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Advent 3: Grieve. Pray. Get Angry. Act!

December 16, 2012

A sermon preached at the White Plains Presbyterian Church on the Third Sunday of Advent, December 16, 2012.

Luke 3: 7-18          Isaiah 64: 1-9


God, grant us the serenity to accept the things we cannot change, the courage to change the things we can, and the wisdom to know the difference. May the words of our mouths and the meditations of our hearts be acceptable in your sight, O God our rock and redeemer. Amen.


We are going to talk about gun violence.

Sandy Hook – On Friday morning, around 9:30 am, 20 year old Adam Lanza  wearing body armor and carrying three semi-automatic weapons, a Glock handgun and a SIG Sauer handgun and a rifle, walked into Sandy Hook Elementary School, shot a woman and then a teacher, and then methodically shot and killed twenty children between the ages of five and ten. He then apparently shot himself. Before arriving at the school he shot and killed his mother, to whom the guns belonged.

28 people died on Friday: boys, girls, men, women, a son and his mother. But the school, the town, was terrorized and you and I were traumatized. I left the office early on Friday to pick up my own son from school, and did my best to make the day as normal as possible for him despite the police squad car outside his school.

I have wept, like you, uncontrollable tears of grief and anger. I have prayed for the children, their families, the school teachers, first responders, police investigators and medical personnel, for those reliving their own traumas as they witness this traumatic event, and I have prayed for the pastors in Newtown, CT who will be conducting the most difficult funerals of their lives.

I have no idea why Adam did this? Right now, no one does. And even when we do, if we do, we still won’t understand.

I have wept, and grieved, and prayed, and gotten angry. I am left with the anger.

We are GOING TO talk about gun violence.

Clackamas Mall – Earlier this week, on Tuesday, just three days before Friday, 22 year old Jake Roberts walked into the Clackamas Town Center Mall near Portland, Oregon and started shooting random Christmas shoppers. A self-described adrenaline junkie, he was wearing a load-bearing vest and a carrying a semi-automatic rifle. He announced “I am the shooter,” and then started shooting, killing Cindy Yuille, 54, and Steven Forsyth, 45, and wounding 15 year old Kristina Shevchenko. The incident ended when Jake Roberts took his own life.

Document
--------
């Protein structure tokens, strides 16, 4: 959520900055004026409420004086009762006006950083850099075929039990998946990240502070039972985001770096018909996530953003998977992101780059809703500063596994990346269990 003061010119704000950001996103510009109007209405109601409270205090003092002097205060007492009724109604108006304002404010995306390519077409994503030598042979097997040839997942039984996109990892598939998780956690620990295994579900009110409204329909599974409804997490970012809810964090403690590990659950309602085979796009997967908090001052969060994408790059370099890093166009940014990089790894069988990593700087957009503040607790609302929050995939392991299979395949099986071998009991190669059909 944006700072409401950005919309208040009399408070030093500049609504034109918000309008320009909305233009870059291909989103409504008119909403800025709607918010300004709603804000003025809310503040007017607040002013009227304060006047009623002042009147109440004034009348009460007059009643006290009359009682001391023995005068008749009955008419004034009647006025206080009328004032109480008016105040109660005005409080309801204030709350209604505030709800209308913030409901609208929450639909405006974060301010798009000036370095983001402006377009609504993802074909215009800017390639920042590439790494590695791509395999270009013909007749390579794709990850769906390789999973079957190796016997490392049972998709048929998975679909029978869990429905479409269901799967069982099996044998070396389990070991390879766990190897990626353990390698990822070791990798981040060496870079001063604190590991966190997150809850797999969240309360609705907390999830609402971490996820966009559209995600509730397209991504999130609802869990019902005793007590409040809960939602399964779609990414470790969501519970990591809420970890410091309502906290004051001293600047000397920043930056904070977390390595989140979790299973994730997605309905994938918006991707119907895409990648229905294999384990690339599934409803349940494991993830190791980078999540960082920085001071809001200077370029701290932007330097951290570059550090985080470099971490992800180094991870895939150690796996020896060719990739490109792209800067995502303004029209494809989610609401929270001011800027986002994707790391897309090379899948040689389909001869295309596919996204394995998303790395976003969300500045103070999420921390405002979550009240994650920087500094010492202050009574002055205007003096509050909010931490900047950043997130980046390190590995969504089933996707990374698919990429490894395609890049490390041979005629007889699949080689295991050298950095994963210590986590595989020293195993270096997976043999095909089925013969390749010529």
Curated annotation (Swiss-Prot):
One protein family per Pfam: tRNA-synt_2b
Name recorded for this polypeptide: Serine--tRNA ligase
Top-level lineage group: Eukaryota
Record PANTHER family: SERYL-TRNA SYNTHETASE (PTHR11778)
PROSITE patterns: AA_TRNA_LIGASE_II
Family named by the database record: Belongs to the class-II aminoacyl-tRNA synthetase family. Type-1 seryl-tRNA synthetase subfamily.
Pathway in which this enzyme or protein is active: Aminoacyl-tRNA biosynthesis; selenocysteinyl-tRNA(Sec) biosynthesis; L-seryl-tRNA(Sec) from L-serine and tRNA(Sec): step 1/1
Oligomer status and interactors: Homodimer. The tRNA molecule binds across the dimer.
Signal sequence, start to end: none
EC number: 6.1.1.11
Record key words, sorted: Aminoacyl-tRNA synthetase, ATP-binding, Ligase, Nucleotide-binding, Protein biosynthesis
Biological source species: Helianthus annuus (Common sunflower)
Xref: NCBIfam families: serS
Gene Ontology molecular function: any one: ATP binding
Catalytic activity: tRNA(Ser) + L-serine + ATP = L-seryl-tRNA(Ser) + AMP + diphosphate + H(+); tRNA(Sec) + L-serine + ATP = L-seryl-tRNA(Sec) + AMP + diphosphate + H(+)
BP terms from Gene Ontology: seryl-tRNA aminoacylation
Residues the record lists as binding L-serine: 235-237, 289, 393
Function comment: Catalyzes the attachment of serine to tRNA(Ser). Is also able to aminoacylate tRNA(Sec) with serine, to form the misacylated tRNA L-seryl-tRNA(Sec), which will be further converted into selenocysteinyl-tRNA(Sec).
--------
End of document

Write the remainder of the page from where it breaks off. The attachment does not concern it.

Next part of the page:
I have no idea why Jake did this? Right now, no one does. And even when we do, if we do, we still won’t understand.

We NEED to talk about gun violence.

First United Presbyterian Church – Fourteen days (two weeks?) ago in Coudersport, Pennsylvania, at this exact hour, Darlene Sitler, choir director and organist at First United Presbyterian Church, was shot and killed 20 minutes into the Sunday morning worship service by her ex-husband and elementary school music teacher, Gregory Eldred. Greg entered the sanctuary, shot her once, walked out, returned again minutes later to say “I want to finish this now,” and then shot her dead. He was restrained by the pastor and others in the congregation and held until police arrived, all the while threatening, and trying, to shoot others.

I have no idea why Greg did this? Right now, no one does. And even when we do, if we do, we still won’t understand.

We HAVE TO talk about gun violence.

In September Andrew Engeldinger, 36, upon learning he was being fired, went on a shooting rampage at his office, eventually killing eight people, including himself.

In August, ten people were killed in the Sikh gurdwara in Wisconsin by an ex-military neo-nazi.

In July, James Holmes killed seventy people in an Aurora, Colorado movie theater.

In May, Ian Stawicki gunned down patrons in a Seattle Café, killing seven people.

In April, a former student gunned down ten students in a nursing school classroom.

In February, a man opened fire in a California Korean Spa.

That’s just 2012. That’s just the mass killings.

I was ordained in 1996. In the years that I have had the responsibility of leading congregation in prayer on Sunday mornings we have had 31 mass shootings in our nation’s elementary schools, high schools and colleges. Mass shootings. That’s an average of three a year. You remember the worst: West Side Middle School in Jonesboro, Arkansas; Thurston High School in Oregon; Columbine, the Amish school shooting, Virginia Tech (I had a student at Virginia Tech at the time). In many of these cases, the shooters were fellow students, 13 years old, 15 years old, 19 years old.